New provisions are to be introduced into the Duties Act that provide a concessional rate of stamp duty for transfers of commercial and industrial land in regional Victoria.

The concession, which is to apply from 1 July 2019, is initially a 10% reduction in the duty otherwise chargeable on a transfer of the land, increasing annually to a maximum 50% reduction from 1 July 2023. Importantly the concession does not extend to reduce any foreign purchaser surcharge duty imposed (which is to be increased to 8% - see 'Increase in rates for foreign owners / acquirers' above). Nor does it apply to the calculation of landholder duty under Chapter 3 of the Duties Act.

‘Regional Victoria’ is defined by reference to a list of 48 rural-based municipal councils listed in Schedule 1 to the First Home Owner Grant Act 2000 and the alpine resorts as defined in the Alpine Resorts Act 1983.

For the concession to apply, the land must be used solely or primarily for a qualifying use (i.e. as commercial or industrial land) for a continuous period of at least 12 months within the 2 year period immediately after the transferee / purchaser became entitled to the land. The Commissioner is given a discretion to alleviate this qualifying use requirement.

Where the qualifying use requirement is not complied with, a duty liability arises on the date of the non-compliance and there are notification obligations placed upon the transferee / purchaser. The provisions also give the Commissioner broad reassessment powers to reassess duty on the relevant land transfer the subject of the non-compliance.

Motor vehicle duty increased on luxury vehicles, new exemptions introduced for service demonstrator vehicles

Under the Amendment Bill, the rate of motor vehicle duty for luxury passenger cars (both new and used) valued above $100,000 is proposed to increase to:

  • $14.00 per $200, or part, for passenger cars with a dutiable value greater than $100,000 but less than $150,000; and
  • $18.00 per $200, or part, for passenger cars with a dutiable value greater than $150,000.

A concessional rate of duty is proposed to be introduced for 'green cars' (which includes pure electric vehicles for motor vehicle duty purposes) and 'primary producer passenger vehicles' (motor vehicles registered or to be registered in the name of a person who is a primary producer and used or to be used primarily in the business of the person as a primary producer). The applicable rate of duty for both 'green cars' and 'primary producer passenger vehicles' (both new and used) is $8.40 per $200, or part, of dutiable value.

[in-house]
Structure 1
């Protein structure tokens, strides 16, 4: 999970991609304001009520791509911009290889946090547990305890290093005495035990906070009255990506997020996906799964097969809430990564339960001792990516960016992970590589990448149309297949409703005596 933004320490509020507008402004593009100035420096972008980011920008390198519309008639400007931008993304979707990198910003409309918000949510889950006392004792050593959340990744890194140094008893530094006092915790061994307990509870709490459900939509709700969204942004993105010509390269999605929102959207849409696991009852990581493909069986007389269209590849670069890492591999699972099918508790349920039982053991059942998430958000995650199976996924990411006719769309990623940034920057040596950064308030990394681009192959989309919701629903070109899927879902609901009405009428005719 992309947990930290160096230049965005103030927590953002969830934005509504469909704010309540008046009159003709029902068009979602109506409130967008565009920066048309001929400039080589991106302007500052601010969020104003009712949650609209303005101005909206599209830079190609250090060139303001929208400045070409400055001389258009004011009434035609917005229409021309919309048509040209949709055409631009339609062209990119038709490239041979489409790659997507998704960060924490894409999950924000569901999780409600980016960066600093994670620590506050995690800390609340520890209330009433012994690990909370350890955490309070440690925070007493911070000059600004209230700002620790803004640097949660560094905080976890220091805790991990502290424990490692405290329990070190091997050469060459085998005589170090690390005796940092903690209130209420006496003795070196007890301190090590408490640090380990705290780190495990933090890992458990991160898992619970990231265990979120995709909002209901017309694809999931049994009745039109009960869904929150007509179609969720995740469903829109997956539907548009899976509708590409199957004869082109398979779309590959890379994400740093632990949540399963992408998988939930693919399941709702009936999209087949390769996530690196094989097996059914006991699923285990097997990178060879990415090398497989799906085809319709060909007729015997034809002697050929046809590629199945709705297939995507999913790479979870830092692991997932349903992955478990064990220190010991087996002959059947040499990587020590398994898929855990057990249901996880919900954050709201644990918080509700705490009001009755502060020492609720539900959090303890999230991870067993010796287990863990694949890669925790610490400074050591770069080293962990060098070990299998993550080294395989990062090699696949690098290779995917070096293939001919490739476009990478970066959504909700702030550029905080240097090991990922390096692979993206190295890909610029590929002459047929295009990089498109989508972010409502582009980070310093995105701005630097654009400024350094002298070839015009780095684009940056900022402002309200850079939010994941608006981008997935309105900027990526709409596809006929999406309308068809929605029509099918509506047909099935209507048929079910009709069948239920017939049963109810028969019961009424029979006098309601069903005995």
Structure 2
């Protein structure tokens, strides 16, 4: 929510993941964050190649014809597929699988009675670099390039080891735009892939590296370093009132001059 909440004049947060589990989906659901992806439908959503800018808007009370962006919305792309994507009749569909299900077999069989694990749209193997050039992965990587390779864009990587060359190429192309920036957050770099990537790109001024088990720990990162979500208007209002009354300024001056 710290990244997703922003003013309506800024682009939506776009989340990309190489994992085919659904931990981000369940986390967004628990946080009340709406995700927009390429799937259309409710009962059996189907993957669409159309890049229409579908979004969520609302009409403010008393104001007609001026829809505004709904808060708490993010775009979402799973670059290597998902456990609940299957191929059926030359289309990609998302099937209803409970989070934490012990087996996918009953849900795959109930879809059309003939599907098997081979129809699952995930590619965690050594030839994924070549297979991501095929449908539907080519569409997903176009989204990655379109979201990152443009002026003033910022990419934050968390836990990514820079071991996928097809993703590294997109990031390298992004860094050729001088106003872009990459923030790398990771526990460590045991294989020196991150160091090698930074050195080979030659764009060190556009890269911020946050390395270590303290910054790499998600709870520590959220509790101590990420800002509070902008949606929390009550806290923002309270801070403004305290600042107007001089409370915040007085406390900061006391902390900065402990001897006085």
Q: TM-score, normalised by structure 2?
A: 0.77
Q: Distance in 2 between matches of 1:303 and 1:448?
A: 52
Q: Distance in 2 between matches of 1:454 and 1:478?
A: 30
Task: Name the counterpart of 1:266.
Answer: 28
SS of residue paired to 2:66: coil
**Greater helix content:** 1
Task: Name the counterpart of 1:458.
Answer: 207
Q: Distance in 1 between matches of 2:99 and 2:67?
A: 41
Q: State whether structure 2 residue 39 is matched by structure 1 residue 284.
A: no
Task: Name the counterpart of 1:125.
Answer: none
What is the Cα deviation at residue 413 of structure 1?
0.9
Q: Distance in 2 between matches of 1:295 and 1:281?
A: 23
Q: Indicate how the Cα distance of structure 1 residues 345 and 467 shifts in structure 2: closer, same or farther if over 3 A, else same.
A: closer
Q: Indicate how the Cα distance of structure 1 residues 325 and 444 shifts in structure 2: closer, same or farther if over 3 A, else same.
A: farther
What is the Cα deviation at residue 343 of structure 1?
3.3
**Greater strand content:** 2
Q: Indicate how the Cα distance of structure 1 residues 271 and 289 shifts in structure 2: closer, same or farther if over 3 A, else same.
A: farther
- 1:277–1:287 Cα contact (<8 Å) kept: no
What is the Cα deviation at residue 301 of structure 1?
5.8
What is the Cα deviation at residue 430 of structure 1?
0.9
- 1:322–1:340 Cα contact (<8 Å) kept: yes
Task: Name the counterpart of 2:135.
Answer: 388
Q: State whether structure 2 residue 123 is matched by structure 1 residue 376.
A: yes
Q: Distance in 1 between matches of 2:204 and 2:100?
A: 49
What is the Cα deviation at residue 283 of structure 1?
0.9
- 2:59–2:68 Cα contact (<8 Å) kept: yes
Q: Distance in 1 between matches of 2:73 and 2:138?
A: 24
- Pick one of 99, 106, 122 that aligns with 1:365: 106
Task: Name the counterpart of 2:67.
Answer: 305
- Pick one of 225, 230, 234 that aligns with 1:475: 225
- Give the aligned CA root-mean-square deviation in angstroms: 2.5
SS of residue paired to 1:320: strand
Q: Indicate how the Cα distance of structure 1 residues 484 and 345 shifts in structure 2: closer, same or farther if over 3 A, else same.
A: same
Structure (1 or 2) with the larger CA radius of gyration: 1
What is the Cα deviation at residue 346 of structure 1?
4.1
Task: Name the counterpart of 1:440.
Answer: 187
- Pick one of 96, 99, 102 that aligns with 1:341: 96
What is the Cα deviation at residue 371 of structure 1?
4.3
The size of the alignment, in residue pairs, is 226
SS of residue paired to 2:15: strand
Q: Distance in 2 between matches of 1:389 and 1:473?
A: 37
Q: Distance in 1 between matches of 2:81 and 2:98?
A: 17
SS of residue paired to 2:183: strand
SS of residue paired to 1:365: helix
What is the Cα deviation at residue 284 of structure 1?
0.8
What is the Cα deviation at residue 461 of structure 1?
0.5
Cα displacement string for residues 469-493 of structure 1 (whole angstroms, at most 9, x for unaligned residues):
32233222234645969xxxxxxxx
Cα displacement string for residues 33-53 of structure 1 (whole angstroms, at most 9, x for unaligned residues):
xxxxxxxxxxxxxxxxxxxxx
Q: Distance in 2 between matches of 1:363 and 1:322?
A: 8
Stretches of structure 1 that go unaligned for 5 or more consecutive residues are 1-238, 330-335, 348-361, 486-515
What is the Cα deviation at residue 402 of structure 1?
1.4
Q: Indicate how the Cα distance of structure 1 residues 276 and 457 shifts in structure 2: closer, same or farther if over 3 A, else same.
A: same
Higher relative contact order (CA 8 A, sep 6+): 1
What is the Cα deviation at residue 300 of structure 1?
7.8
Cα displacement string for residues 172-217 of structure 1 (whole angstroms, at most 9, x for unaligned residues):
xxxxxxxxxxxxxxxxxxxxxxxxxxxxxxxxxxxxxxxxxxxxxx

A new duty exemption has also been proposed for 'service demonstrator vehicles' by extending the existing duty exemption which applies to demonstrator vehicles. In effect, a motor vehicle used solely or primarily as a 'service demonstrator vehicle' will be exempt from motor vehicle duty. 'Service demonstrator vehicles' are defined to be vehicles used for the purposes of sale of another vehicle of the same class and made available without charge by the licensed motor car trader to its service customers while the customer’s vehicle is being serviced.

The rate of motor vehicle duty imposed on a change of use in a motor vehicle is also being amended to bring the rates in line with the above new motor vehicle duty rates to be introduced.

Each of the motor vehicle duty changes noted above is intended to apply from 1 July 2019.

Valuation of land relating to heritage buildings

Special provisions in the Valuation of Land Act 1960 (VLA) relating to the valuation of land upon which registered heritage buildings are situated, or that is otherwise heritage land, are to be repealed. These provisions currently specify that in valuing such land the following assumptions apply:

  • regard can only be had to the current use of the land;
  • the land must be maintained so that the current use can continue;
  • no other improvements can be made to the land;
  • any heritage building on the land cannot be removed or destroyed; and
  • the land cannot be subdivided or developed without a permit granted by the Heritage Council.

These assumptions have allowed certain land owners to successful argue that (in the absence of comparable sales evidence) the correct valuation methodology to adopted in valuing the land was a hypothetical development cost approach. This approach took into account the cost to construct the improvements actually in place on the land compared to the returns which could be derived from doing so. This obviously produced an artificially deflated value due to the significant heritage related replacement costs when compared to the net return derived from the land. An actual example of this is the recent VCAT decision which upheld a $1 site value for the Melbourne GPO site.

The repeal of the provisions will result in the value of heritage related land being determined in accordance with the more general valuation principles contained in the VLA and in particular to the land’s highest and best use taking into account the effects of the heritage status. The amendments to the VLA are to operate from the day after Royal Assent.